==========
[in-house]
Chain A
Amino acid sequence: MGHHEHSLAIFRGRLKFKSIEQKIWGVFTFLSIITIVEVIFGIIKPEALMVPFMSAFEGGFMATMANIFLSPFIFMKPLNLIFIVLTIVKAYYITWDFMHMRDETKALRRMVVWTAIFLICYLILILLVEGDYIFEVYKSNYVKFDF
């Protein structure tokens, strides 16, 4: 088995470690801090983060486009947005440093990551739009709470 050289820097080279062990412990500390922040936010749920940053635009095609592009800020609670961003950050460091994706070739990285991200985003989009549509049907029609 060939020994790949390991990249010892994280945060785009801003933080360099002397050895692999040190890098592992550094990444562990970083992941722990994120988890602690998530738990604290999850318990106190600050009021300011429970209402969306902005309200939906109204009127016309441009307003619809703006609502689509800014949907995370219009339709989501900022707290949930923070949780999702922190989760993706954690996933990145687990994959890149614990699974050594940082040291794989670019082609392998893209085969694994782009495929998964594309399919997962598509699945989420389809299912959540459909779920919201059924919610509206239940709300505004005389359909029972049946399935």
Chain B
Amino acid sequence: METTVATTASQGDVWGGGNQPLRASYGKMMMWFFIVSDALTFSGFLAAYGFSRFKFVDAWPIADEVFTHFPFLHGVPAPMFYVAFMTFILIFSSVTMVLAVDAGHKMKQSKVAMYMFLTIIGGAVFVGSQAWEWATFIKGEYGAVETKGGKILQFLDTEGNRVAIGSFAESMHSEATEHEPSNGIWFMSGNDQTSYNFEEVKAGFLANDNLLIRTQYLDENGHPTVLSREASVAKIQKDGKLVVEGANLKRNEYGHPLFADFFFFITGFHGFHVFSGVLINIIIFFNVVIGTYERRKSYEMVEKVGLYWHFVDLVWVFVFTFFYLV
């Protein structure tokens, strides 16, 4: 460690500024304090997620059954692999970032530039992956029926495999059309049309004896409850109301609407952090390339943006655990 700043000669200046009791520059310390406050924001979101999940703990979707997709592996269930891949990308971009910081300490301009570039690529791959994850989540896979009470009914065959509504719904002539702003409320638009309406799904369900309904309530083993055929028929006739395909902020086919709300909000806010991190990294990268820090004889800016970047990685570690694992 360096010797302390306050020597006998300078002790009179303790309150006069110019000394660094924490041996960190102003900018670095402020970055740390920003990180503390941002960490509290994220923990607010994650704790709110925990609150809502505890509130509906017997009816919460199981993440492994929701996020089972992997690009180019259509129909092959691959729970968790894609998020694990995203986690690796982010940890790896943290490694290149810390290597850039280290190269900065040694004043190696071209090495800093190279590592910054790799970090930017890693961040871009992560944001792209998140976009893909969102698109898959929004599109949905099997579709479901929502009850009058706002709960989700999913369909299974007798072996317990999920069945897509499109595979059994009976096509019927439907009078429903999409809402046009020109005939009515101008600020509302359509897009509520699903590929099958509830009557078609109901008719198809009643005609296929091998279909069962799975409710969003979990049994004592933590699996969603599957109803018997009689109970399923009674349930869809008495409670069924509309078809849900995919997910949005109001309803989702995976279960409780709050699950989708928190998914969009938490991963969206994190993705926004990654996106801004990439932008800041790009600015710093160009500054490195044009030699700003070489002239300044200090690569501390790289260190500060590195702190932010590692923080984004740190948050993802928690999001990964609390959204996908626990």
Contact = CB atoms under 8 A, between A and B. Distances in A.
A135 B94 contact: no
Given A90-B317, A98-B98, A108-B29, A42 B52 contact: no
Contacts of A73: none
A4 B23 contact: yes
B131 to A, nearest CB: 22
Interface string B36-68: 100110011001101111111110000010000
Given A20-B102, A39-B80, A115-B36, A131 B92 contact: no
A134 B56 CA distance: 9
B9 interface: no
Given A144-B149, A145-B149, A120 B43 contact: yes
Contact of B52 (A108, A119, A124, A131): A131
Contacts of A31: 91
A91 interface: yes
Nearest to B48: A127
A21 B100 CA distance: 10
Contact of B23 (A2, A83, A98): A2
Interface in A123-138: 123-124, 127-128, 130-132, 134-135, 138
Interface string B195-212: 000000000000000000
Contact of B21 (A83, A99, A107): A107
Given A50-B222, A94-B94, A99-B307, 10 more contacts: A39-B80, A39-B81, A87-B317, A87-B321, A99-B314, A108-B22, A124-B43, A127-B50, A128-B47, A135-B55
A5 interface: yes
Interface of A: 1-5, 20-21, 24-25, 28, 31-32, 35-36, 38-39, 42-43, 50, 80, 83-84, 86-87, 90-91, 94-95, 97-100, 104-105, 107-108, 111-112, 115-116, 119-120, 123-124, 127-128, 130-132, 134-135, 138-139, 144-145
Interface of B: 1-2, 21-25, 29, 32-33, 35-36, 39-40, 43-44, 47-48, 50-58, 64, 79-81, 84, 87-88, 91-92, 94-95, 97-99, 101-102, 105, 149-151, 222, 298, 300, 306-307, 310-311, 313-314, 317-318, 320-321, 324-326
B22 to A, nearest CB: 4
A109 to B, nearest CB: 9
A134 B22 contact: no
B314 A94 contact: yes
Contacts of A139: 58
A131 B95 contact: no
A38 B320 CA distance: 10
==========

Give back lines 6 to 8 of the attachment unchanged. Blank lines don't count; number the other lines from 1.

Amino acid sequence: METTVATTASQGDVWGGGNQPLRASYGKMMMWFFIVSDALTFSGFLAAYGFSRFKFVDAWPIADEVFTHFPFLHGVPAPMFYVAFMTFILIFSSVTMVLAVDAGHKMKQSKVAMYMFLTIIGGAVFVGSQAWEWATFIKGEYGAVETKGGKILQFLDTEGNRVAIGSFAESMHSEATEHEPSNGIWFMSGNDQTSYNFEEVKAGFLANDNLLIRTQYLDENGHPTVLSREASVAKIQKDGKLVVEGANLKRNEYGHPLFADFFFFITGFHGFHVFSGVLINIIIFFNVVIGTYERRKSYEMVEKVGLYWHFVDLVWVFVFTFFYLV
């Protein structure tokens, strides 16, 4: 460690500024304090997620059954692999970032530039992956029926495999059309049309004896409850109301609407952090390339943006655990 700043000669200046009791520059310390406050924001979101999940703990979707997709592996269930891949990308971009910081300490301009570039690529791959994850989540896979009470009914065959509504719904002539702003409320638009309406799904369900309904309530083993055929028929006739395909902020086919709300909000806010991190990294990268820090004889800016970047990685570690694992 360096010797302390306050020597006998300078002790009179303790309150006069110019000394660094924490041996960190102003900018670095402020970055740390920003990180503390941002960490509290994220923990607010994650704790709110925990609150809502505890509130509906017997009816919460199981993440492994929701996020089972992997690009180019259509129909092959691959729970968790894609998020694990995203986690690796982010940890790896943290490694290149810390290597850039280290190269900065040694004043190696071209090495800093190279590592910054790799970090930017890693961040871009992560944001792209998140976009893909969102698109898959929004599109949905099997579709479901929502009850009058706002709960989700999913369909299974007798072996317990999920069945897509499109595979059994009976096509019927439907009078429903999409809402046009020109005939009515101008600020509302359509897009509520699903590929099958509830009557078609109901008719198809009643005609296929091998279909069962799975409710969003979990049994004592933590699996969603599957109803018997009689109970399923009674349930869809008495409670069924509309078809849900995919997910949005109001309803989702995976279960409780709050699950989708928190998914969009938490991963969206994190993705926004990654996106801004990439932008800041790009600015710093160009500054490195044009030699700003070489002239300044200090690569501390790289260190500060590195702190932010590692923080984004740190948050993802928690999001990964609390959204996908626990």
Contact = CB atoms under 8 A, between A and B. Distances in A.